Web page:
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By Vivek Shukla, Director, Healthcare & Lifesciences, Frost & Sullivan and Dr Fatih Mehmet Gul, MD, Chief Operating Officer, Fakeeh University Hospital
Creating infrastructure in healthcare is no mean task. Projects are usually large-sized and involve adherence to many standards, regulations and best practices. If thrown into this the challenge of economic viability, it certainly is a daunting task at hand. The undertaking of creating healthcare infrastructure that is sustainable and viable is not impossible, even though it is a tough challenge. To tackle this, here are a few learnings that we hope will be useful for people who want to manage these projects successfully.
We can say with considerable impunity, most hospitals that do not do well actually fail in the project conception stage itself. The importance of starting right cannot be stressed enough. You always start with getting the depth of demand right. The gap between what is required in the region that you are serving or looking to serve and what is already being provided has to be gauged as objectively as possible. “We have been in this business long enough to understand the gaps and there is no need for an in-depth objective analysis” is not an acceptable answer. The stakes in these capital-intensive projects are too high to be left to the ‘we know it all’ syndrome.
The demand study, among many other things, defines the following:
• Services that need to be provided
• Design required for those services
• Overall business model of the facility
• Available/unavailable service review for the market
• Technology and equipment that needs to be incorporated
• Local flavour that will need to be infused in the design and delivery of services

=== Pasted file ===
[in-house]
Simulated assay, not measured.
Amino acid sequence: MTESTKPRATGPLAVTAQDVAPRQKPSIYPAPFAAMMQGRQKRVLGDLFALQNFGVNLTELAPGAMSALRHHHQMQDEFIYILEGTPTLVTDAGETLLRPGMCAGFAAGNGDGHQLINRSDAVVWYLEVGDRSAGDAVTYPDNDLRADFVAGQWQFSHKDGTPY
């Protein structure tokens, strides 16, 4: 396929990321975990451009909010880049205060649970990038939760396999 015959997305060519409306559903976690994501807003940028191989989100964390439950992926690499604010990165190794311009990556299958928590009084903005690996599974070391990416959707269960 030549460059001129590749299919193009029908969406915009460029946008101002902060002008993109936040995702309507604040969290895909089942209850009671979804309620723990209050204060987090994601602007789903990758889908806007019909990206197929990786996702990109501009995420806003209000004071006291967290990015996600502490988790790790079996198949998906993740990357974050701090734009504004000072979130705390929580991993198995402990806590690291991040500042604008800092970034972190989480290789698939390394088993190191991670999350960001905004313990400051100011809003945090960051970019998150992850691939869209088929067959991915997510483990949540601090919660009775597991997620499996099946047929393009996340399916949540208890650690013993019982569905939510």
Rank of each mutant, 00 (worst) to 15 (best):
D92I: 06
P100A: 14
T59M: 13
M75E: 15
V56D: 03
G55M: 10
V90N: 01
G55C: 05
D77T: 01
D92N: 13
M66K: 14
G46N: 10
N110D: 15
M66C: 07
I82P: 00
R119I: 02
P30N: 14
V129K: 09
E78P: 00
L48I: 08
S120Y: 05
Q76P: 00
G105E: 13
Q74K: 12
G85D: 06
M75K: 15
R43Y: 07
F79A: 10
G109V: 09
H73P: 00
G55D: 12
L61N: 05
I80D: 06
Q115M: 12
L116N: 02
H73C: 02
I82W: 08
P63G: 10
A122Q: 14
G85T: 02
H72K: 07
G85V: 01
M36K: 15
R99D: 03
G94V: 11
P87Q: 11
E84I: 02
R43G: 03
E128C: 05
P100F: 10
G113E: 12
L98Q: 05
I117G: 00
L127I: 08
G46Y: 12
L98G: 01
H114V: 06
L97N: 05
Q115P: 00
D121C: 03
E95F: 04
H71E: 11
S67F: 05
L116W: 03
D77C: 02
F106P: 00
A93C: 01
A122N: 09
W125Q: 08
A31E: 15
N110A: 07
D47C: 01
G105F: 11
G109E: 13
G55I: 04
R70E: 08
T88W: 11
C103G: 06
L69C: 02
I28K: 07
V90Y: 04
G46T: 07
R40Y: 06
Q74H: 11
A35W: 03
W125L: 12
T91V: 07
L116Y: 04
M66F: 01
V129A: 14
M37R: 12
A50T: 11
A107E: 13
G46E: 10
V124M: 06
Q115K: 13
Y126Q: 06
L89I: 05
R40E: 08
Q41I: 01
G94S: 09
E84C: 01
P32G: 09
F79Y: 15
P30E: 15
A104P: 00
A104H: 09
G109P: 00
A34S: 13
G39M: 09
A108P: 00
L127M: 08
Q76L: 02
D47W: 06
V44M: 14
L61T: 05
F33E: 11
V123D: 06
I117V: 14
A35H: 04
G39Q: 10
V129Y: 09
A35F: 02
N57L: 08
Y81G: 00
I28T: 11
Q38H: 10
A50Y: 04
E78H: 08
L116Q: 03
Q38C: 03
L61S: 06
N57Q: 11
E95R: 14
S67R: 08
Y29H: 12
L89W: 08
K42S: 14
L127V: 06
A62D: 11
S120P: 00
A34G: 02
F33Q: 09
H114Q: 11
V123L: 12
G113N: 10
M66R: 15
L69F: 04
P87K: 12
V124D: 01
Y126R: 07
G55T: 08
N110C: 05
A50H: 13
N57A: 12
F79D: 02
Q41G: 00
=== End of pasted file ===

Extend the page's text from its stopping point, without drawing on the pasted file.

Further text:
Once the demand depth is gauged, the team usually creates a brief on what is required from the overall design and delivery point of view. This brief is then part of all discussions with possible vendors and project partners.
Selection of partners can be another make or break decision for the project’s success. It is imperative to have project partners who have sound local knowledge and expertise in the overall concept that you have envisaged. There have been times when big international brands have been hired for projects and have failed to deliver, as they did not have the requisite know-how of the local markets and its regulations.
We always recommend doing a thorough background check on the project partners, even if it means spending extra days or weeks. Find out about the previous projects delivered by them and visit those places, apart from speaking to the teams that they worked with in those projects. Try and find similar projects as you have conceptualised for yourself. Be wary of partners who hesitate to provide details of contacts in previous projects. Firms that are in bad health financially must also be avoided.
Another key element in any hospital design and planning pertains to how seamlessly the technology integrates throughout the system. In the modern times, hospitals are heavy on technology and its interface with care delivery. For instance, a patient’s journey from the ambulance, to the emergency ward to the OT to the ICU must be integrated in terms of patient care data that can be seamlessly collected and transferred among all care points. The system should integrate the pharmacy and billing too, in addition to other things.